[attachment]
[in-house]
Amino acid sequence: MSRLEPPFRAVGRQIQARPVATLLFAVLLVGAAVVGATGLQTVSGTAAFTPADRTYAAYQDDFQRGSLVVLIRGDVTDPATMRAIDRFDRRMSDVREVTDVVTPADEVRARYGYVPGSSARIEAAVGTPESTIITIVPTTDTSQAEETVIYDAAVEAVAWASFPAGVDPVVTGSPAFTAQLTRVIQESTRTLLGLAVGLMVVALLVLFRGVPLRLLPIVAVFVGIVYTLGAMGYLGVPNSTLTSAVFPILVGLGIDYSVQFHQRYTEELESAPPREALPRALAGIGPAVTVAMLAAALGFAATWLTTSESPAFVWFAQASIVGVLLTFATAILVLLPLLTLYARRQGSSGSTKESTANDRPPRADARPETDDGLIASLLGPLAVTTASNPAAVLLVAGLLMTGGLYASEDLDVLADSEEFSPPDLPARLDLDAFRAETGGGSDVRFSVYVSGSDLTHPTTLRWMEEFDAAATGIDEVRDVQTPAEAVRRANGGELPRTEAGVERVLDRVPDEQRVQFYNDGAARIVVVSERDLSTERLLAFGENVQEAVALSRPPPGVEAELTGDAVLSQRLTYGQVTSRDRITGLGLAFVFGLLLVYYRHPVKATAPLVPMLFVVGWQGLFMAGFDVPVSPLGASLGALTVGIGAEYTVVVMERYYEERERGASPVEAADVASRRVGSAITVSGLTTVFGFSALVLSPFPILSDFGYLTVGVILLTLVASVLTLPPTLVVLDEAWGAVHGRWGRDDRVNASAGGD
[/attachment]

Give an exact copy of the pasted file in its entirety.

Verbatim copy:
[in-house]
Amino acid sequence: MSRLEPPFRAVGRQIQARPVATLLFAVLLVGAAVVGATGLQTVSGTAAFTPADRTYAAYQDDFQRGSLVVLIRGDVTDPATMRAIDRFDRRMSDVREVTDVVTPADEVRARYGYVPGSSARIEAAVGTPESTIITIVPTTDTSQAEETVIYDAAVEAVAWASFPAGVDPVVTGSPAFTAQLTRVIQESTRTLLGLAVGLMVVALLVLFRGVPLRLLPIVAVFVGIVYTLGAMGYLGVPNSTLTSAVFPILVGLGIDYSVQFHQRYTEELESAPPREALPRALAGIGPAVTVAMLAAALGFAATWLTTSESPAFVWFAQASIVGVLLTFATAILVLLPLLTLYARRQGSSGSTKESTANDRPPRADARPETDDGLIASLLGPLAVTTASNPAAVLLVAGLLMTGGLYASEDLDVLADSEEFSPPDLPARLDLDAFRAETGGGSDVRFSVYVSGSDLTHPTTLRWMEEFDAAATGIDEVRDVQTPAEAVRRANGGELPRTEAGVERVLDRVPDEQRVQFYNDGAARIVVVSERDLSTERLLAFGENVQEAVALSRPPPGVEAELTGDAVLSQRLTYGQVTSRDRITGLGLAFVFGLLLVYYRHPVKATAPLVPMLFVVGWQGLFMAGFDVPVSPLGASLGALTVGIGAEYTVVVMERYYEERERGASPVEAADVASRRVGSAITVSGLTTVFGFSALVLSPFPILSDFGYLTVGVILLTLVASVLTLPPTLVVLDEAWGAVHGRWGRDDRVNASAGGD